This emphasis on understanding (and explication) over persuasion (and argumentation) is important because whereas persuasion implies a degree of individual bias, understanding reinforces the ideal of an objective reality captured in language. Discovery, as Berlin notes in Rhetoric and Reality, is essential: meaning is found and then expressed, not created in process (6-8). The writer does not invent or design meaning, he or she transmits it, and the expression of this truth is the central problem of the student as professional-to-be. The UEC contends that, “A body of knowledge is never brought to its most concise and valuable form until it is transmitted into writing” (3). Thus, the UEC authors argue, even if you come to school fluent in English, precise grammatical knowledge is crucial:
Even the person who has always heard perfect grammar from those with whom he has associated, and who can usually distinguish a correct from an incorrect form merely by deciding what sounds right, needs to learn grammar. For all of us, the study of grammar, the systematic description of the ways of the English language, is necessary before we can be sure that what we speak or write is correct. “Grammar … is a set of tools for shaping one’s language into a correct and logically sound medium of expression” (50).
Intuition is not enough, any more than it is for the scientist who must do more than simply sense that something is true. Science must provide evidence that can be shared. Effective exposition based on objective standards can itself do the work of persuasion; scientists know because they have seen the facts. Grammar, arising out of the scientific study of the ways of the English language, provides objective proof of the propriety of Standard English. Science has demonstrated the importance of learning to write in college, the authors argue, and investigation after investigation, each carried on with scientific objectivity, proves the truth of it (10).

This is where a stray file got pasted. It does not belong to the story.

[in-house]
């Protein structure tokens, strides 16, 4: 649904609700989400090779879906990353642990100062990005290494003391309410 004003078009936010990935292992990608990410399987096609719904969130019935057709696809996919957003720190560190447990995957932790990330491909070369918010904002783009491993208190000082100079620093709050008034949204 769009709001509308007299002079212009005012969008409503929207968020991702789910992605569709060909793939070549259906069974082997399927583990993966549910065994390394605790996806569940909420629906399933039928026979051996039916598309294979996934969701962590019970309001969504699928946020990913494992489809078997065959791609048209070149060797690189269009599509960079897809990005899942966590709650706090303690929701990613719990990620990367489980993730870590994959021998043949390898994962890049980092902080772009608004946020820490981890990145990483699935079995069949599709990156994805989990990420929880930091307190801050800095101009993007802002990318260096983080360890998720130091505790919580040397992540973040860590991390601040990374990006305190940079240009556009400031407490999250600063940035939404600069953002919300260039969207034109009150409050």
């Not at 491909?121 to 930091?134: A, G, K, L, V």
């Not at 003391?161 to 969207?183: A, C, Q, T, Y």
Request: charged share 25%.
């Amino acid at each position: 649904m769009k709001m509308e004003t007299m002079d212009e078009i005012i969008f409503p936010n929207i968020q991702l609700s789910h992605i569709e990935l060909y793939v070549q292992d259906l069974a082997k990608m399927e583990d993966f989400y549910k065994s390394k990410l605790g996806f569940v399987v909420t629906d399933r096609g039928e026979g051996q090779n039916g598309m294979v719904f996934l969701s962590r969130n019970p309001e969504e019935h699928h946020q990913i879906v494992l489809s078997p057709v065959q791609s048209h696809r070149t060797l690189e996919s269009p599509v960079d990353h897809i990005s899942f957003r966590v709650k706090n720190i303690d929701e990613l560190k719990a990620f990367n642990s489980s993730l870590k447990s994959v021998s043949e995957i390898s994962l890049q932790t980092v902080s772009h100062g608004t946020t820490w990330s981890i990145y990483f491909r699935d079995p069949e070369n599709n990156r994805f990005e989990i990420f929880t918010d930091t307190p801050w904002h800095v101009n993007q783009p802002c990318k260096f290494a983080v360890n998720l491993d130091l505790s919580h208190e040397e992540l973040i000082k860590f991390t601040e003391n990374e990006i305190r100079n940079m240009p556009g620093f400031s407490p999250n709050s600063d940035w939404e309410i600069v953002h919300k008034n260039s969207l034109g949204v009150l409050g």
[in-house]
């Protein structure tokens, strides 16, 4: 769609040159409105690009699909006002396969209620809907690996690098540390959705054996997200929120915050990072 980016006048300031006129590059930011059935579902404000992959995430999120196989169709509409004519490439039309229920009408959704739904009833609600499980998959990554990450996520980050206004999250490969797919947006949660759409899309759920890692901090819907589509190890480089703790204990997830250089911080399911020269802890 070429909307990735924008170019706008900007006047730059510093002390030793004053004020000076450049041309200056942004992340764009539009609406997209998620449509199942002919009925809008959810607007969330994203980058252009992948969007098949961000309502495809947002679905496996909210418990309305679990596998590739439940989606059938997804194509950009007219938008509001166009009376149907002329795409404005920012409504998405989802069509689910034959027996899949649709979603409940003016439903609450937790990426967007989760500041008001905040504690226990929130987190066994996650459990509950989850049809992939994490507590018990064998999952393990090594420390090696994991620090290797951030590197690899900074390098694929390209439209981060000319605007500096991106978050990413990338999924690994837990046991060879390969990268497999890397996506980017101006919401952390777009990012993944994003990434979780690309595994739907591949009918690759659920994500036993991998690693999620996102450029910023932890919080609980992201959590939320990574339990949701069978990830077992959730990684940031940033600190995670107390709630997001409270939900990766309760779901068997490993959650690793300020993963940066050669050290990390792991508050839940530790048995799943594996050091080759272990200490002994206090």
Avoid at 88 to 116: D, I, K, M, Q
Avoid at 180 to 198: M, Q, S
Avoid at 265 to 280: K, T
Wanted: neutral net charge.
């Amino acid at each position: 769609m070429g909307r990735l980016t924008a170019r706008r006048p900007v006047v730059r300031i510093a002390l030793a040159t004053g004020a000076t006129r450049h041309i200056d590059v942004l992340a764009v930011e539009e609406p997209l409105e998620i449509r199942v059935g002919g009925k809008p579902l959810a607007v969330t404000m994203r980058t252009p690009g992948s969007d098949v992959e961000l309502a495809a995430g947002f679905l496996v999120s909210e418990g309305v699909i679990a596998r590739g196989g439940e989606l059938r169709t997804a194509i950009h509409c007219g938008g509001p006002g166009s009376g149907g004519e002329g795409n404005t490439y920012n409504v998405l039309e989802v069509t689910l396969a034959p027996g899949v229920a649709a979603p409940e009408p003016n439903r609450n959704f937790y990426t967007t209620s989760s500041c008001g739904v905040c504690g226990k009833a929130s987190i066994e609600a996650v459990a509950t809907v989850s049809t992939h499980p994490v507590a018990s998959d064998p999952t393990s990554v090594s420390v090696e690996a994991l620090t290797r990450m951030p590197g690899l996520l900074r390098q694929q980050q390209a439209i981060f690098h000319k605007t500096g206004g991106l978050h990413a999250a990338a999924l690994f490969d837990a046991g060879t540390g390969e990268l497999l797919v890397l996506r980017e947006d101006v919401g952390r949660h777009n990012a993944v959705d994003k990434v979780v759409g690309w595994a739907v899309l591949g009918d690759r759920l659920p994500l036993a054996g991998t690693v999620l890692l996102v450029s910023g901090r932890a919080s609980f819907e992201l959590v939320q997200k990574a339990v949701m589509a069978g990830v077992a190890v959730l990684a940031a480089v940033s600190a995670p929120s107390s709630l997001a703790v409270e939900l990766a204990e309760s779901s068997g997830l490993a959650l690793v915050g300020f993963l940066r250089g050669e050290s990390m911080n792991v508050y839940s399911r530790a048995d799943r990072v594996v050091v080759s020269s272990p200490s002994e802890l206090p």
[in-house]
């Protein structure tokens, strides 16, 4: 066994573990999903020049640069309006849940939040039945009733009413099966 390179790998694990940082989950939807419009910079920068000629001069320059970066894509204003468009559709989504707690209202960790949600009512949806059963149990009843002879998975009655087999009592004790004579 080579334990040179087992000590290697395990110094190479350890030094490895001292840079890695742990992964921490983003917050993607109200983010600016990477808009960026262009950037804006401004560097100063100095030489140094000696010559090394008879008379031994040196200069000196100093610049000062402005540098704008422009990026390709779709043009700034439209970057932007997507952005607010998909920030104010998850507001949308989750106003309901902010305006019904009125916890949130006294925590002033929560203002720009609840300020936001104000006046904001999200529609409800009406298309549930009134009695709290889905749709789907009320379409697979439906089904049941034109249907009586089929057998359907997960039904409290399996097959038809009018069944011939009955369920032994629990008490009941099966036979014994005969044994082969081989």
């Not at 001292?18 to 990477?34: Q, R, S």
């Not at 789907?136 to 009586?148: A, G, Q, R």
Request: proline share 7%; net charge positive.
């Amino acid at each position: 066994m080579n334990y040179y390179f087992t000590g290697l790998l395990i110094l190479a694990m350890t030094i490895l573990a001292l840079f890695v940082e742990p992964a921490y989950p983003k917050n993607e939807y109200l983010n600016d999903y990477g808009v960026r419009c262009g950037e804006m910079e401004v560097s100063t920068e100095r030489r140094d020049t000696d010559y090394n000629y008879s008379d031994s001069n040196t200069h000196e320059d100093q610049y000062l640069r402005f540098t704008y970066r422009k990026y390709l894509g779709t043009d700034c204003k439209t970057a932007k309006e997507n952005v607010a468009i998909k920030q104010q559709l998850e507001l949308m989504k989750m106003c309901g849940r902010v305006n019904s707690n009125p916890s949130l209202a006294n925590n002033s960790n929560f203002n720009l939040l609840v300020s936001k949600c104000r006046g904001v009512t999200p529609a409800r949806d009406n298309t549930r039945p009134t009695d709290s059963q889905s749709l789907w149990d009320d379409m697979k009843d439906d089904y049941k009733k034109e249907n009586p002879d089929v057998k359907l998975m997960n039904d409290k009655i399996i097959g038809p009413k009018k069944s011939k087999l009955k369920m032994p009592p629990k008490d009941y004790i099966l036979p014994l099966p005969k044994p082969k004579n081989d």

As in any profession, the writer must undergo a difficult apprenticeship, learning the value of hard work, efficiency, and dedication:
The order of the list of adjectives expresses the hierarchy of values: one aims to write correctly and thus beautifully. In addition, effective writing requires the widest familiarity with the available tools of the trade, as it were, and so vocabulary is indispensable. The authors quote Johnson O’Connor, on the efficacy of the acquisition of a wide vocabulary:
Again, it is science, here of Human Engineering, which warrants this ideology of language acquisition, and so justifies the work of learning vocabulary. Science, in turn, as I have argued, is itself warranted by the ideals of merit in a democratic society.
A rhetoric of persuasion, in contrast, must recognize that language is always at least potentially guided by subjective bias, and that meaning is co-created in a complex interaction between writer, audience, and text. In Rhetoric and Reality, Berlin calls this view a transactional theory of language. Berlin argues that, while non-objective rhetorics have always been present in composition theory, they did not reach a position of real influence until well after the 1940s.